TypeScript 1.5 Released
Written by Kay Ewbank   
Friday, 24 July 2015

TypeScript 1.5 has been released and the developers say it’s a big one. 

The new version is part of the newly released Visual Studio 2015, and it adds better support for ES6 features including modules, destructuring, spread, for..of, symbols, computed properties, let/const, and tagged string templates.

ES6, ECMAScript 6, is the next version of JavaScript, and its new features are designed to make coding easier and better for maintenance.  The goal is that TypeScript will become a superset of ES6,  offering type-checking for all ES6’s major features.



TypeScript 1.5 supports the new module syntax from ES6. This is similar to external modules in TypeScript, and you can import modules and export each piece of your public API. You can also selectively import the parts of that public API you want to use.

Modules have also been simplified. Writing about the new version on the Developer Tools blog, Microsoft’s Jonathan Turner says that one of the common points of feedback from users working with TypeScript for the first time is that the modules are a bit confusing, saying:

“Before ES6, there were internal and external modules. Now with support for ES6 modules, there is now another module to learn about. We’re simplifying this with the 1.5 release.”

Internal modules are now to be called ‘namespace’. The thinking is that internal modules are similar in the way they work to namespaces in other languages. External modules just become ‘modules’, with a strong emphasis on the standard ES6 module syntax. The new version also has new module output formats to help continue support more JavaScript practices: SystemJS and UMD. SystemJS will allow you to use ES6 modules closer to their native semantics without requiring an ES6-compatible browser engine. UMD gives you a way to output a single module that works in both AMD and CommonJS.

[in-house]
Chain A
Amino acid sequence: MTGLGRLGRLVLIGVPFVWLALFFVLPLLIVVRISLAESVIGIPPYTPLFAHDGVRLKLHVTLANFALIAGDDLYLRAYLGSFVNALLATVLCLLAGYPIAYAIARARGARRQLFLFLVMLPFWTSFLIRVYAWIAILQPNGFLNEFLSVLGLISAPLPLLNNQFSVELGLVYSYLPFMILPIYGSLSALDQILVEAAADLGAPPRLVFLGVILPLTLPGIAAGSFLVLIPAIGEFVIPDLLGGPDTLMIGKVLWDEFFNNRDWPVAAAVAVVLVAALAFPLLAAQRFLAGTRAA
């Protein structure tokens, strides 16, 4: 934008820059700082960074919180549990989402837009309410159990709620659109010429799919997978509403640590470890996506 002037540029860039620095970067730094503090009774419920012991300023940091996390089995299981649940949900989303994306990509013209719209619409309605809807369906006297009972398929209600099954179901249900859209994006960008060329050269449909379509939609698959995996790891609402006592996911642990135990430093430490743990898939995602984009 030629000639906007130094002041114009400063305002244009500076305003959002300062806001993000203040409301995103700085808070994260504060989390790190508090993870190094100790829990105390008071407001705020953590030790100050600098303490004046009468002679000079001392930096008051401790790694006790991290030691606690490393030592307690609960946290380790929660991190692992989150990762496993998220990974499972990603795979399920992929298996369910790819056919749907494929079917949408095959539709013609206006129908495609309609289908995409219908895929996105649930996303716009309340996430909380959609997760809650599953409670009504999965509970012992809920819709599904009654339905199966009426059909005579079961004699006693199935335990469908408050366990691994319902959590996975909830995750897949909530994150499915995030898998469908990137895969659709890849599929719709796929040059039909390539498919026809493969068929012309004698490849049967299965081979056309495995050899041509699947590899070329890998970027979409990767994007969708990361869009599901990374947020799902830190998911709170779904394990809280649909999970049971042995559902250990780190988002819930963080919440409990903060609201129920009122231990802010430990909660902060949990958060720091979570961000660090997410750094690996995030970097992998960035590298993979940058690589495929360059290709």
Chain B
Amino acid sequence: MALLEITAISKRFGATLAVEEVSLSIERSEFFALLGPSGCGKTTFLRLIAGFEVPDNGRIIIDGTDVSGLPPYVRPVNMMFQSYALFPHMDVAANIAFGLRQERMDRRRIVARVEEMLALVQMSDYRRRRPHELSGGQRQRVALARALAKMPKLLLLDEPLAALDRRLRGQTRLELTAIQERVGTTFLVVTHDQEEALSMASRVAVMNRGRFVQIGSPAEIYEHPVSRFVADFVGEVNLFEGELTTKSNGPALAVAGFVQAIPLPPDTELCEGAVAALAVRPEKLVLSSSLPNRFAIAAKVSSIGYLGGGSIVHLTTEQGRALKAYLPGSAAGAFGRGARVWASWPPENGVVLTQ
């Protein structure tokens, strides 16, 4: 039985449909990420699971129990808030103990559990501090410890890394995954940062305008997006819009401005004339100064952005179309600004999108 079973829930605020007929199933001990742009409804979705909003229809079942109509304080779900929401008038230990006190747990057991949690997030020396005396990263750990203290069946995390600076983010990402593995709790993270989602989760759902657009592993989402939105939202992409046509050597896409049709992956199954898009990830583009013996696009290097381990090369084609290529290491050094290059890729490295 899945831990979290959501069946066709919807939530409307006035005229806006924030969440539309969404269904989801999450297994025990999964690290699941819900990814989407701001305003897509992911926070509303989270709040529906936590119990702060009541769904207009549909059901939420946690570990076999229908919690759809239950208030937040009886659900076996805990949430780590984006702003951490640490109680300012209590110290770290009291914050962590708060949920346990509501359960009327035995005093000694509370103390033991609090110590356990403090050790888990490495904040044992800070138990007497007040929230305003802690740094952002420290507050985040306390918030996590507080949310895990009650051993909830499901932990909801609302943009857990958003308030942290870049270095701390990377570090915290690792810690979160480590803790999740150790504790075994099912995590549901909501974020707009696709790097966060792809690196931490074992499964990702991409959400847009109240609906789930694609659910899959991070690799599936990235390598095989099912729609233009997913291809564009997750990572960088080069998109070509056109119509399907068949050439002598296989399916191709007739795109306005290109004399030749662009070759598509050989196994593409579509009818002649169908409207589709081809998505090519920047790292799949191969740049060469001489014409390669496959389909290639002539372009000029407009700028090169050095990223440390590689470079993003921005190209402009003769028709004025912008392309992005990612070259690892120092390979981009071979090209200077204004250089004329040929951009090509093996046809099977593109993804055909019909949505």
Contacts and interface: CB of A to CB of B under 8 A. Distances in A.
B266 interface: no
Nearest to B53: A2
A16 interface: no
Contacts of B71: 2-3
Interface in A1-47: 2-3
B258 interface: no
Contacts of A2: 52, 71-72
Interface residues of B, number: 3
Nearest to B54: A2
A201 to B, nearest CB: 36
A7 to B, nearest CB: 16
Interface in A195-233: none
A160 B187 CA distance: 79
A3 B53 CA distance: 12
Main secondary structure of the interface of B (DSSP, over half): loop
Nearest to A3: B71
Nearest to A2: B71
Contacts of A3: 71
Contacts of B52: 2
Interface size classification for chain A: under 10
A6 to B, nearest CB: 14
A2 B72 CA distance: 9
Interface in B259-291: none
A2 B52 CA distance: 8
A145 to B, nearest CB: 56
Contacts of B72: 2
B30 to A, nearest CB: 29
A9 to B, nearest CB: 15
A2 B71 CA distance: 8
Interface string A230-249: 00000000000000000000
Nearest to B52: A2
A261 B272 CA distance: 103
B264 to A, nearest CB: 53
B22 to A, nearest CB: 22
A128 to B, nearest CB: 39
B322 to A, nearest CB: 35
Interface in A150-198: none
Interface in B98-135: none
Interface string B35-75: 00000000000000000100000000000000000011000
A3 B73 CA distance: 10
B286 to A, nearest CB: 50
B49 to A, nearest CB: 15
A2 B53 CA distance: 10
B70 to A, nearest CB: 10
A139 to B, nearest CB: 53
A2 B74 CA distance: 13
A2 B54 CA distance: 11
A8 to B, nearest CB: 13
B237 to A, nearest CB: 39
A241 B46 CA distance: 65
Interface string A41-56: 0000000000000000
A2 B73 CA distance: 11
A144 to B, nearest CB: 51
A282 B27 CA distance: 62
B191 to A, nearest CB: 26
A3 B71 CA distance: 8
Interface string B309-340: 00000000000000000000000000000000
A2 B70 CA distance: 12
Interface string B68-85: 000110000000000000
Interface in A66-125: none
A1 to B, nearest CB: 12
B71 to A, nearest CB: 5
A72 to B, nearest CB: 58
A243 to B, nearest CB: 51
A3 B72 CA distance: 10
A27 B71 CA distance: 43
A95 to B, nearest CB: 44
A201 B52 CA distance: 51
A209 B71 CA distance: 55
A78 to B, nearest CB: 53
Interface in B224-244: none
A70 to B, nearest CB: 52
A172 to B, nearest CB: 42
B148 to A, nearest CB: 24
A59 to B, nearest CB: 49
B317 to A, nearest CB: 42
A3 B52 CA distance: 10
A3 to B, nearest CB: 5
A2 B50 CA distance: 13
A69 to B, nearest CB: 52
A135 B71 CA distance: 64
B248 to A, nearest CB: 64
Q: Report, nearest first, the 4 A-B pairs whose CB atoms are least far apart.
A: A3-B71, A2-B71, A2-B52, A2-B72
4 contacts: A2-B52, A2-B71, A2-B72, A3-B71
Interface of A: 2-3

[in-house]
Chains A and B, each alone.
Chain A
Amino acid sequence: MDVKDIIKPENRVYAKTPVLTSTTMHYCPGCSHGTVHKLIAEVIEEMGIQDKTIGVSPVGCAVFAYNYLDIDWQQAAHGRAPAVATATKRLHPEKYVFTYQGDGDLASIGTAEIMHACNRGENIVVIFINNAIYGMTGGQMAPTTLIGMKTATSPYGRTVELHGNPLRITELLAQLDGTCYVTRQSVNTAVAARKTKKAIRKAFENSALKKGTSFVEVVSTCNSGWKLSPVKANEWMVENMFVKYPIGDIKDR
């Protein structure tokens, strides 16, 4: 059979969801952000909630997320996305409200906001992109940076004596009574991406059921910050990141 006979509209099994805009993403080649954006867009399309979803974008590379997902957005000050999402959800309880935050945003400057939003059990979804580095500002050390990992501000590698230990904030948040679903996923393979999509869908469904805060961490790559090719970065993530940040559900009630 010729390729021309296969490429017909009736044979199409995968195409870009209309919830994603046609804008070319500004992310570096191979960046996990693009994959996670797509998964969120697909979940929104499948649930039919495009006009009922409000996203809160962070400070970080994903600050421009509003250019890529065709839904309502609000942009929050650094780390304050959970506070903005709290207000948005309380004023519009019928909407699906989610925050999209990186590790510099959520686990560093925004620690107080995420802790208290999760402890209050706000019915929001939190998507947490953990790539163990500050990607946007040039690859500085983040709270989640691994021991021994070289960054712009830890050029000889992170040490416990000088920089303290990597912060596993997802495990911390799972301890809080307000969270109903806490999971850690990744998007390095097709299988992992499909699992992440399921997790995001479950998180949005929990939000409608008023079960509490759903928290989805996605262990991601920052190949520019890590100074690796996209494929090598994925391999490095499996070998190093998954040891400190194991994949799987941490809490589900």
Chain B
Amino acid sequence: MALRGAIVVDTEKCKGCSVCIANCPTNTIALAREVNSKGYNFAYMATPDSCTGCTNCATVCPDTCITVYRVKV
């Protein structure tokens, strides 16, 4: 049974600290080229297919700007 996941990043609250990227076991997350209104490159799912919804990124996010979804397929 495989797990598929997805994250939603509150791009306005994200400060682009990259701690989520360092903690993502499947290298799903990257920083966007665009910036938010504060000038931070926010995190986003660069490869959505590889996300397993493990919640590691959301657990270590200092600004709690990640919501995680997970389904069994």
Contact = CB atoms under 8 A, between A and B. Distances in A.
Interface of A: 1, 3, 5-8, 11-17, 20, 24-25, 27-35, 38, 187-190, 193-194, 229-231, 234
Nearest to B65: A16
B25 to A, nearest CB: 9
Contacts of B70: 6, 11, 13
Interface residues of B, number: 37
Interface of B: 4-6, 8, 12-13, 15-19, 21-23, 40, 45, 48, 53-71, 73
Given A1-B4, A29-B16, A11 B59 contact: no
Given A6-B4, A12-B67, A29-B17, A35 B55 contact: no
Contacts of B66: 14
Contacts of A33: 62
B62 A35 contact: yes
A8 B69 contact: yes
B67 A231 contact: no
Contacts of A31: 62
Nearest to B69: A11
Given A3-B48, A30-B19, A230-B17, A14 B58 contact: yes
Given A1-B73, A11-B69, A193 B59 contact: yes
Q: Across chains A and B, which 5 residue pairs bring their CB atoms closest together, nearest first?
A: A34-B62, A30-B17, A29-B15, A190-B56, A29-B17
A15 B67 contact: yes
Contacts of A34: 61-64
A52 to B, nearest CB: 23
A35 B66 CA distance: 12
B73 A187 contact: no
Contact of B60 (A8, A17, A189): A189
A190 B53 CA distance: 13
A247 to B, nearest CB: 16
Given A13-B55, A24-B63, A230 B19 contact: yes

The blog post about the new version admits:

“one of the tricky things with TypeScript projects is that it’s not often easy to move from a single file to working with a growing project of files. You generally have two options: adding ///<reference> statements to tie your project together, or manually handling everything on the commandline. Neither approach is particularly clean, and easily become a mess as the project grows. Additionally, only the ///<reference> approach works well with editors, so you inevitably have a number of them in addition to your build.”

In recognition of this, TypeScript 1.5 introduces a new feature intended to make getting started with TypeScript easier. The compiler now supports ‘tsconfig.json’, a new file which allows you to specify the files in your project and the compiler settings to use. This lets you create a lightweight project that can be used both on the command-line and within the editor. VS Code, Sublime, Atom, and others already support using tsconfig.json files.

Another improvement in the 1.5 release is support for the proposed Decorator feature of ES7, which is currently being developed in collaboration with the Angular, Ember, and Aurelia teams. Since Decorators are being defined in ES7, which hasn’t stabilized yet, the feature is considered experimental. Decorators allow you to attach metadata to classes and members, as well as update the functionality of what is being decorated.

In addition to being included in Visual Studio 2015, TypeScript 1.5 can be downloaded from Github.


More Information

Announcing TypeScript 1.5


TypeScript on GitHub

Related Articles

TypeScript 1.0 Released 

TypeScript Goes Light, Moves To GitHub 

TypeScript Fully Accepted into Visual Studio 


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Last Updated ( Friday, 24 July 2015 )